More scientifically, the eye chart at four meters does not exist for my left eye’s central vision. I might as well be staring at a blank wall. When I look in the center of a big lighted ETDRS visual acuity chart and it’s slowly pulled towards me to one meter away, I can see that there are letters on the top line, down the right hand side, and toward the bottom; all of this sight lies on the outskirts of the big circle of central vision blankness, where there is not even a hint of any text. But normal peripheral vision has a visual acuity no better than 20/200 so it’s odd to try to distinguish letters without looking straight at them. These letters are still hard or impossible to read depending on their size and location.
And I stepped up my observation of the Ansler grid before surgery as well. With my left eye, not only is the middle dot invisible, but an entire circle of grid lines are missing. While looking straight into the middle, I can see grid lines at the four corners of the square with my peripheral vision. But those grid lines are narrow and too light, leaving me wanting more information. With my trusty thick black Sharpie, which I always keep close at hand, I drew a heavy black circle around that little black dot in the center, forming a circle two inches in diameter. Again with the grid about 12 inches from my nose, that bold circle I’ve drawn is wiped off the face of the earth. You might say that my central vision loss in this eye is at the “end stage”; there are no good spots.
On the other hand, when I look straight on at the middle black dot on this Ansler grid with my “better” right eye, only the bottom half of that thick circle I’ve drawn is missing. This “sweet spot” in the top half of my central vision functionally serves me very well. Though to a retina specialist, my retinal photographs appear to be equally worse in both eyes, the usefulness of my right eye is drastically different. This is somewhat apparent in the visual field tests I’ve taken but I don’t think one could argue against the fact that it is the combination of test results and personal observation that gives the complete picture as to my actual functioning vision. But more tests will be coming in the future, giving the doctors solid points of comparison before and after surgery.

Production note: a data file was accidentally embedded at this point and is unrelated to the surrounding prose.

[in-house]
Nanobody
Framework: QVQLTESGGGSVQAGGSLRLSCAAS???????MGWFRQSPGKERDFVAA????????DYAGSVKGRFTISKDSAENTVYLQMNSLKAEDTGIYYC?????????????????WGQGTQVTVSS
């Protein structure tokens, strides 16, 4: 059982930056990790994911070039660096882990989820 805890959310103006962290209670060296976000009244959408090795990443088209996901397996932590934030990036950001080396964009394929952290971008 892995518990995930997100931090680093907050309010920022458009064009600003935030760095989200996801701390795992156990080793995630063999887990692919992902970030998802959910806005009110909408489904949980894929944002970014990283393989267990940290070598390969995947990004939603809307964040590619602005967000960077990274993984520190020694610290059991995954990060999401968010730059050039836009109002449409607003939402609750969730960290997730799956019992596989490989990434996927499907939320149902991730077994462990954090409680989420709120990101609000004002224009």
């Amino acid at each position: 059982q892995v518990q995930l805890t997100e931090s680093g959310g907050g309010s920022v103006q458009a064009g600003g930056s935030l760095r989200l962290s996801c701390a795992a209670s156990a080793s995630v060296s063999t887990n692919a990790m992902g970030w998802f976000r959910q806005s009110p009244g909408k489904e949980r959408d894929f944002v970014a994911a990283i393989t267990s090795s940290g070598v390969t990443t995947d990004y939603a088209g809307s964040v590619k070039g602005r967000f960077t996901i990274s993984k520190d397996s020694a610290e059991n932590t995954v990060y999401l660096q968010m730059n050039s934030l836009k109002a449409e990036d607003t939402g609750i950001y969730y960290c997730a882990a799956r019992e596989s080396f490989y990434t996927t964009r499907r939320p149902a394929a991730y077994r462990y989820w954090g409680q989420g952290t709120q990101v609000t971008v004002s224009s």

There was just one more thing on my list before getting my eye injected with good RPE cells that could potentially change things forever. I remember even at 18 having trouble with those color vision tests required to get a driver’s license. This would have been the 1976-1978 time-frame. Remember those numbers buried in different colored dots? Evidently I passed enough to get a license but it was always a struggle for me. So the day before surgery, I went online and found such a color vision test. I failed miserably with my left eye – 0 percent. I also took a color vision test at Mass Eye and Ear around 1995. There were about 10 circular wooden chips with varying degrees of two opposing colors. I was supposed to put them in order of intensity from one color to the other. I was only able to identify the two endpoints, the two solid colors; all the various shades of color looked identical to me I imagine it will be a while before I’ll even attempt a color test again since my injected RPE cells would have to make up for 15-30 years of degeneration.